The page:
Web Sockets with SocketIO
Web Sockets are for two way communication between servers and clients. Although they're not easy to setup without a library, there are libraries that make it incredibly simple to setup. Plus, most of these libraries have fall backs to AJAX polling, when Web Sockets aren't available. Therefore, we'll be using SocketIO to set up Web Sockets.
Web Sockets are compatible with all modern browsers.
Setting up Web Sockets on the client is just as simple as SSE. If using defaults, it's even simpler. In addition to connecting and listening for events, sockets can also emit events to the server with the emit() function.
SSE was so simple, that we wrote the actual string bytes to the response stream. WS is a little more involved. In fact, it even uses its own protocol prefix, ws:// (unencrypted) & wss:// (encrypted ssl). However, SocketIO abstracts all of that away from us and even handles our connections' lives so we don't have to. Thus, it's pretty simple to set up on the server. Here's an example:
The Push API allows servers to send data to clients even when the client doesn't have your web page or even their browser open. Therefore, it must be used with Service Workers (these are scripts that are always running for your web page even when it's closed) and the Notification API. It also only works over HTTPS and requires the use of VAPID keys for security. That being said, it's definitely not simple to get it working, but here we go...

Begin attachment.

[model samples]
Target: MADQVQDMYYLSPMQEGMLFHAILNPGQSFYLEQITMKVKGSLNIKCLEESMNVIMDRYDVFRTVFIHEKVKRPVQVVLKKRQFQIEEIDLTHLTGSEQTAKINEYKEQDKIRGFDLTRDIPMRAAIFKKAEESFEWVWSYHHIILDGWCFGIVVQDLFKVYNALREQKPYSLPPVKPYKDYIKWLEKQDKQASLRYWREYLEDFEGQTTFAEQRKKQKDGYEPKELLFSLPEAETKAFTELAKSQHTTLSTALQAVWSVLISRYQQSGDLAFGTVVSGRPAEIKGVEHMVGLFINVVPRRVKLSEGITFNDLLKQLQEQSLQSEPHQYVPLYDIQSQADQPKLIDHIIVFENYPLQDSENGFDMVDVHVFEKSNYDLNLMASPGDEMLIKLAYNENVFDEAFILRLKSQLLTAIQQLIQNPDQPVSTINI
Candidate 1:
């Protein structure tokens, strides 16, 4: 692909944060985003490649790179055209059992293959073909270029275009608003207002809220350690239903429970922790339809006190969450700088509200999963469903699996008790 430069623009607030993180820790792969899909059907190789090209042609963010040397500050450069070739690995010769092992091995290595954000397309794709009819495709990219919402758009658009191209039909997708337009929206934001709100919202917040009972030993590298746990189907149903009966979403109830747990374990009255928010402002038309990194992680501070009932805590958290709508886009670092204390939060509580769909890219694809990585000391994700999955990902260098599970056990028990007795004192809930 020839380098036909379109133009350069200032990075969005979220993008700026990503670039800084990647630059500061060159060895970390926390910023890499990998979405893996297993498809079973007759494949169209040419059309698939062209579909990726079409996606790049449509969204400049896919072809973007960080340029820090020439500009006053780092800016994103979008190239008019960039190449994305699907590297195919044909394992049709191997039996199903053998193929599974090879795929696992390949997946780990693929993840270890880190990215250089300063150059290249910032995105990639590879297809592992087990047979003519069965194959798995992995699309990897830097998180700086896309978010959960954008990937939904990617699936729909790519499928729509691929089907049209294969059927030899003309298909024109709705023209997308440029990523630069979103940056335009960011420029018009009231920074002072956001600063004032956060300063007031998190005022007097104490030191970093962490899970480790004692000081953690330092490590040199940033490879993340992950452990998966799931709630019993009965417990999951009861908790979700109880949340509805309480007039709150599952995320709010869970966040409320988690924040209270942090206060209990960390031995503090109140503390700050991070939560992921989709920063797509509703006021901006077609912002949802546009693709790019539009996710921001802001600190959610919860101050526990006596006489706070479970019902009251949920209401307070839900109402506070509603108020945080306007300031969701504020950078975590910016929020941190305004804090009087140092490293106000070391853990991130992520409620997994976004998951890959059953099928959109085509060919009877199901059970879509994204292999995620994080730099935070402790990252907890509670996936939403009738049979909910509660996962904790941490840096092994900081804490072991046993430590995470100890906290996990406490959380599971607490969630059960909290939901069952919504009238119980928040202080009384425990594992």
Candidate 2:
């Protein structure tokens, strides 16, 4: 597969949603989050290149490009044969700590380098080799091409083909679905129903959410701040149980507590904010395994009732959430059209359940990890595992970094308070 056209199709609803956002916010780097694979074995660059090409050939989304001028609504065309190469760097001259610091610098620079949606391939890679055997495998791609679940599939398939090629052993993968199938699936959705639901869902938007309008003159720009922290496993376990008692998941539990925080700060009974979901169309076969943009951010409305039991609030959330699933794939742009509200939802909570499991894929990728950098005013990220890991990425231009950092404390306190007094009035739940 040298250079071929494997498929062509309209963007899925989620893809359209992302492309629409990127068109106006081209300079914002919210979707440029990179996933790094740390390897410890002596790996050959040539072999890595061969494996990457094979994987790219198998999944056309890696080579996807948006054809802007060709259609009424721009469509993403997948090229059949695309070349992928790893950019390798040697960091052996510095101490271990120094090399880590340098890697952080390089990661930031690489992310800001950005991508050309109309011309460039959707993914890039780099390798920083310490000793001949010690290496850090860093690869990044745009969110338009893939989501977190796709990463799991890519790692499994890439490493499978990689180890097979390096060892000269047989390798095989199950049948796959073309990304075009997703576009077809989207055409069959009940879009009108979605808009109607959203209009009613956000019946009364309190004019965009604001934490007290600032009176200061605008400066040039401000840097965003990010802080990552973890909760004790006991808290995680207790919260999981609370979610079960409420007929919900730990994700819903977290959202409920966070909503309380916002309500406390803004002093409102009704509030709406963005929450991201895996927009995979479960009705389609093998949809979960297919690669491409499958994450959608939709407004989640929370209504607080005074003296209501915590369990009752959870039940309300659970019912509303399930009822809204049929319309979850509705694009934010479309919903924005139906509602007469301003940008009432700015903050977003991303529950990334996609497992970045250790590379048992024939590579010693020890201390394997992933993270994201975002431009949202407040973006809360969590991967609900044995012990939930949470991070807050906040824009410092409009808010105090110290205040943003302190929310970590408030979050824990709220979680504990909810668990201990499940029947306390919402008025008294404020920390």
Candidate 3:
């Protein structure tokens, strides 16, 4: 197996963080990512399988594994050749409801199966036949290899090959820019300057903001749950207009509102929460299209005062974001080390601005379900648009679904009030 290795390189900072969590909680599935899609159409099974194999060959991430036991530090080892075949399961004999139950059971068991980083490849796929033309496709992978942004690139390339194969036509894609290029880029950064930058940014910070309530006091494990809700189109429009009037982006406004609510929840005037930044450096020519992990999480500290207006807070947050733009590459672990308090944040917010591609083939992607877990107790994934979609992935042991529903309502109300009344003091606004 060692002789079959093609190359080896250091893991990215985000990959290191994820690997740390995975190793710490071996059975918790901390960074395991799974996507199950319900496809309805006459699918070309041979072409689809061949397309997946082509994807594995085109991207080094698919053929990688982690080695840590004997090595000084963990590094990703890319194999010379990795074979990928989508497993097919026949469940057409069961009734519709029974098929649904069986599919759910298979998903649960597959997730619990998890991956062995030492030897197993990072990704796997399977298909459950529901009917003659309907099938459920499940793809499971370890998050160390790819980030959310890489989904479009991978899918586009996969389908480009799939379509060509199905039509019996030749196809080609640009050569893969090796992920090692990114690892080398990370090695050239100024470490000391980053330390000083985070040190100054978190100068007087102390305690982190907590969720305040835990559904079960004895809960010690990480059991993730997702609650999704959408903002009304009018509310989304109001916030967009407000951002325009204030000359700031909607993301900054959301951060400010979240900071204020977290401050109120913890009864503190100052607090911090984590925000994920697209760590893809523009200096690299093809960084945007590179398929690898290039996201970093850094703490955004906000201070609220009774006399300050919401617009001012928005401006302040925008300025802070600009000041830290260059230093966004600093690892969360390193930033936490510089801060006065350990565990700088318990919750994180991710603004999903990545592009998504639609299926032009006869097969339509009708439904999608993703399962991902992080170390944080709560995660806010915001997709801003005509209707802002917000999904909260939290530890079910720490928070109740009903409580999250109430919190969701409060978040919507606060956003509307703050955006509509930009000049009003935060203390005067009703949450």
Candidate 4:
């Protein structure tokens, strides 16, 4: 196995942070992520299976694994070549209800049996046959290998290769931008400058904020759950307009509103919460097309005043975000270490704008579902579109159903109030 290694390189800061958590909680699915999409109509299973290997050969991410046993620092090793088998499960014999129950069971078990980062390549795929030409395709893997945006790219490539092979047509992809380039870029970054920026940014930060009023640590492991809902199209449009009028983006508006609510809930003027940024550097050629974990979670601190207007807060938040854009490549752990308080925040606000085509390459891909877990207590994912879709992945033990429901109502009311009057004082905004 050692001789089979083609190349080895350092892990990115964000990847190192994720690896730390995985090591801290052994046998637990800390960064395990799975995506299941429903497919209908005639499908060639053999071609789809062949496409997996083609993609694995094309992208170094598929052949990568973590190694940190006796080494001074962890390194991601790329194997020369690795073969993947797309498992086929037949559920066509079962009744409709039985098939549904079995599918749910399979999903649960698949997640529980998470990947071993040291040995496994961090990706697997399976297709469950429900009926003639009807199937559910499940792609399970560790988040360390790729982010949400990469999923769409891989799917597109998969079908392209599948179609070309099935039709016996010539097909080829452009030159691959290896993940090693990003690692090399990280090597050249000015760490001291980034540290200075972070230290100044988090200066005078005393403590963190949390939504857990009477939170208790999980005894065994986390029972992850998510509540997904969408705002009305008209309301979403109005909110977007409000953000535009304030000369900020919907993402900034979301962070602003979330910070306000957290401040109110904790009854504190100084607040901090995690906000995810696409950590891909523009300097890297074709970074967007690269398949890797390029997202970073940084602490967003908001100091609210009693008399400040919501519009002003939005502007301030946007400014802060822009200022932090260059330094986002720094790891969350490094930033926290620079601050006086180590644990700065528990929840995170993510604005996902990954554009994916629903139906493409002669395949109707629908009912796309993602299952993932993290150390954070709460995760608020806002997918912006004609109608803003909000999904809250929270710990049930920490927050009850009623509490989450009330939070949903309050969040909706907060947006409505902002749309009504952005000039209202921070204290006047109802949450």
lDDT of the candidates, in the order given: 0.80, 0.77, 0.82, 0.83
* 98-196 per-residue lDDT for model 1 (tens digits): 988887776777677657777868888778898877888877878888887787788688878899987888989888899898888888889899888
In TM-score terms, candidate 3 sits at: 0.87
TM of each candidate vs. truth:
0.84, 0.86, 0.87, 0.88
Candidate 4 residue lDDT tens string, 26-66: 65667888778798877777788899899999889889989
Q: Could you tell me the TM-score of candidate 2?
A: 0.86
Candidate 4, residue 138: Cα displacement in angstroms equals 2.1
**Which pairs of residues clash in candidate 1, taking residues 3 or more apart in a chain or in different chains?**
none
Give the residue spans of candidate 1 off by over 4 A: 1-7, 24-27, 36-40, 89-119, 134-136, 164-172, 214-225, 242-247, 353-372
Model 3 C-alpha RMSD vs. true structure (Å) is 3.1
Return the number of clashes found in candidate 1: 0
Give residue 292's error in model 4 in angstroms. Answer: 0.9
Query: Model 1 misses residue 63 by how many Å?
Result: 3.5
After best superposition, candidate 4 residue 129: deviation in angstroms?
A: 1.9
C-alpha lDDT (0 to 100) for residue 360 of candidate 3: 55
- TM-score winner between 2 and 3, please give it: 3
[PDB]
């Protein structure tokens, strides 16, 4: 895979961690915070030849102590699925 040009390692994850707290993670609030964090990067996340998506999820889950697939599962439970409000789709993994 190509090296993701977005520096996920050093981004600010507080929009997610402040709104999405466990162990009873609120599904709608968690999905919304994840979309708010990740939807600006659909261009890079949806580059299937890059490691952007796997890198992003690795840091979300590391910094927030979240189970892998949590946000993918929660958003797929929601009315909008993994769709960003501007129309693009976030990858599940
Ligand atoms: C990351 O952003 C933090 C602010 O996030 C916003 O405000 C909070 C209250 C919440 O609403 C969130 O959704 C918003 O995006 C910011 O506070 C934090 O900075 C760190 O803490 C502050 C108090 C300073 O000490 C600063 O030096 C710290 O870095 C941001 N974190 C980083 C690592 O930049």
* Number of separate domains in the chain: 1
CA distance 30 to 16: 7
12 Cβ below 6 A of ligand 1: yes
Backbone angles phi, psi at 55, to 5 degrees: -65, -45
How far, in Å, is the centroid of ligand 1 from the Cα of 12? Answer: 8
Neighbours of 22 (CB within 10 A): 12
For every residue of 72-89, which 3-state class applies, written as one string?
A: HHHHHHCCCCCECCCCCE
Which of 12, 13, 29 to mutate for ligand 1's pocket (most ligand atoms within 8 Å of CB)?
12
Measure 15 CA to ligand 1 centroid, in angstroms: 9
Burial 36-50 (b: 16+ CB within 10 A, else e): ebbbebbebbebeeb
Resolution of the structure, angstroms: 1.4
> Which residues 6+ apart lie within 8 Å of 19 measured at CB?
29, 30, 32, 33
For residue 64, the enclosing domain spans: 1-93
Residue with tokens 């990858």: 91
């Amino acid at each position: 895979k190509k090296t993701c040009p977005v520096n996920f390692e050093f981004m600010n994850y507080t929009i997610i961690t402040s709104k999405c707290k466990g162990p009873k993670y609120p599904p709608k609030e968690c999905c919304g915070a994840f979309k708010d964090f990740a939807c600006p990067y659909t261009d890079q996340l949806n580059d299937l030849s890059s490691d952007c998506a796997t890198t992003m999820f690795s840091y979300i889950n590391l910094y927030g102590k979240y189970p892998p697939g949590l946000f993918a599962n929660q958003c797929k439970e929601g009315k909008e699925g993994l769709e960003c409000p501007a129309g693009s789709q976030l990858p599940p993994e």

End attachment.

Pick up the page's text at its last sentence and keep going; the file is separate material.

IE, Safari, & Mobile Safari do not support it.
These are what the steps for setting up Push notifications should look like on the client side:
- Register a service worker (which listens for push notifications).
- Once the service worker is registered, check to see if a subscription already exists
- If it doesn't, retrieve the server's VAPID public key.
- Once you have the VAPID public key, use it to create a subscription with the pushManager.
- Now send the subscription info to the server so that it can use it to send push notifications.
By the way, the VAPID public key is used to verify that it is receiving pushes it has subscribed to (or in other words, the push can come from any server that has the private VAPID key).
Here is some example client side code:
And here is what the service worker should look like:
These are what the steps for setting up Push notifications should look like on the server side:
- Create public and private VAPID keys.
- Create an http route where clients can get the VAPID public key.
- Create an http route where clients can send their subscription info.
- Create an http route where clients can request to delete their subscription info.
- Whenever you want, use subscription info to send push notifications to subscribers.
Here is some example server side code:
So there's a quick summation of web technology that allows for server to client communication. Unless you have a very specific use case, it's generally best to use Web Sockets over Server Side Events or the Push API.